BV: Some people are buying Aston Martins, right?
CB: Right, exactly! I feel like I've had an amazing life, and I never thought I would not have money, but going through this with my partner was difficult, but very humbling. I don't think he dealt with it in a good way. He was a complete a**hole a lot of days. It would have been easier for us to act nicely, but we just kept it real. I would walk away like, "Why did you have to act like that?" I know it looks crazy. There are things that I watch and I say, "What the hell?" but you have to realize you saw 10 minutes of a three-hour shoot. I don't have any control of editing. But in this house with Peter Thomas it's a 50-50 venture, and he isn't controlling anything more than that.
BV: Your relationship is definitely different from Nene and Gregg's. What are your thoughts on that?
CB: I do try to let Peter be dominant -- not saying Nene doesn't, but I think Nene comes across more dominant in that relationship, and I don't know if that is actually the case. She comes across more dominant in terms of the show.
BV: Let's keep it real. You have the only real strong-willed husband on the show. Phaedra's husband, Apollo, follows suit with what she says, too.
CB: I think Phaedra has a lot of control in that relationship. It comes across like that on the show. I'm not trying to be negative with my cast mates, but the dynamics of those three marriages are very different. I think with mine and Peter's, he is the man in the relationship. I give him that respect. I think he is a complete jackass sometimes, but he wants to handle things well and to be able to pay for things and not stress me out about anything, but that just wasn't our situation. I wish we could've been balling out the whole season, but it didn't happen that way.
BV: Another thing that some people love about you, Cynthia, is how you've showed this whole phenomenon in which women give their men money to build their careers and sometimes it works out and sometimes it doesn't. Do you regret giving Peter money for the restaurant?
CB: I support Peter's vision and who he is. I supported his decision. I didn't say I was going to partner with him. I said, "Oh you need this? I am going to give you that." It was a business transaction. That was his thing, and I was doing my thing. I thought no matter how much I was in love, I need to get my money back and they didn't have anything to do with each other. I may be 60 and say, "Are you going to give me that money back from Uptown from 30 years ago?" When you say I need to borrow it, it's a loan. A loan is a loan. Nothing changed we just got married. I still want it back.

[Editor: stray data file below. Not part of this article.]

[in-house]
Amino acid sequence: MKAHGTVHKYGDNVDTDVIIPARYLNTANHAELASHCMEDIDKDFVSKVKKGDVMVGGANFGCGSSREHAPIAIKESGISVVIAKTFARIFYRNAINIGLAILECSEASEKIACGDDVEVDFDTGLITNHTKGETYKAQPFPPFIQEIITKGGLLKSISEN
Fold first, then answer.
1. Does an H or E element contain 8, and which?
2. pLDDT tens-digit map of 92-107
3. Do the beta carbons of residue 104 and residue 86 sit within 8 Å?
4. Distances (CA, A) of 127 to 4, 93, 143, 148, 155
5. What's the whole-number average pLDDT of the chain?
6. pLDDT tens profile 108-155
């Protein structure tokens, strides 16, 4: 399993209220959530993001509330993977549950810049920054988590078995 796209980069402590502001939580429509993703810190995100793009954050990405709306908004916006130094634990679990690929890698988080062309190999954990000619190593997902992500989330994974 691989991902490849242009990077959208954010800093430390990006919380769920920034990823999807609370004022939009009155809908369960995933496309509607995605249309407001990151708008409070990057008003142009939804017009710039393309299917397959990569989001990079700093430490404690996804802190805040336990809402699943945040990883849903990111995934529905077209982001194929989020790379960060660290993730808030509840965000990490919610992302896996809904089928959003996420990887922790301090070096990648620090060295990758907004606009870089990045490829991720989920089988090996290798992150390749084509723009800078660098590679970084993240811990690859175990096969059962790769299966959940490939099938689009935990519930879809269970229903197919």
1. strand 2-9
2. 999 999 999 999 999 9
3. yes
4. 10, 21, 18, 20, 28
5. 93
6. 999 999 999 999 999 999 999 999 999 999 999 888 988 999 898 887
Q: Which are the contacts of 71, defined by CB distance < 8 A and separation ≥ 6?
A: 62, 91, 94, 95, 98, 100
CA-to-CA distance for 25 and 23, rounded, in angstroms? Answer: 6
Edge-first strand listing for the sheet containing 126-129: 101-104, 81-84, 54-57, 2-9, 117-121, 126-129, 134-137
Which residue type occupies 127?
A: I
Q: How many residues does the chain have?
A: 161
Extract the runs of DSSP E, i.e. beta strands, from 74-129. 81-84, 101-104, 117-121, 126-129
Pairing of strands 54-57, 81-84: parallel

BV: Wait. You still asked him whether he was going to give you the money back?
CB: Yes! I just asked him yesterday. I don't know when I am getting that money back, but he's going to have to give me something.
BV: A lot of people think you should work out your financial challenges before tying the knot. Many people believe a relationship can't last with something so major causing disagreements before a wedding.
CB: When we started the process, our wedding wasn't so expensive that we couldn't do it. The more involved in the planning I was the more I wanted it. Who wants to go through tastings and menus and then go to the courthouse? I've never been married before. I just wanted it. It's mine to want. We just had problems in the end.
BV: Did you cringe watching the episodes as they aired?
CB: Last week, I got so much response from people. I got hit up by lots of broke people in the world. A lot of people think I am strong for putting this out there and you can't please everyone. Do I want to watch that episode from last week again? Hell no! I'm like fast-forward every time it is on. This wasn't a movie. This is really my life and it was not fun. It was very stressful and we were really trying to figure out how we were going to pull this off.
BV: Besides Gregg and Nene's relationship, this has been one of the realest moments this season. There's been so much phony stuff in the 'Housewives' franchise. Do you think it is hard for many of the ladies to keep it real?
CB: All of us have our story. It does a really good job of showing who we really are. At the same time, I just think that for me I never wanted to put out anything that wasn't me. I was careful with how I put myself out there. The wedding was supposed to be a fun thing and not the most stressful four months of my life. I didn't want to do the show without being real, and I wanted to do me. Peter wasn't supposed to be a big part of my storyline.
BV: People first thought you were crazy with Nene and the friend contract. Is this something you give your friends on a regular? Have you done this before?
CB: No, but all of my other friends have said, "I've known you for 25 years and you haven't given me a friend contract." So, the friend contract has taken on a life of its own. I will say that people deal with drama and stress in different ways. I am not confrontational, but I felt like Nene is my friend on the show and off the show. We are friends for real. She is my girl although she threw me under the bus with the friend contract and Kim. I was genuinely upset and thought this was going to make her laugh. It didn't happen that way. People said I was a stalker and in love with her and watching that was just as hard as watching me and Peter.
BV: Nene and Kim have now fallen out and have Twitter beef. Do you think they have taken it too far?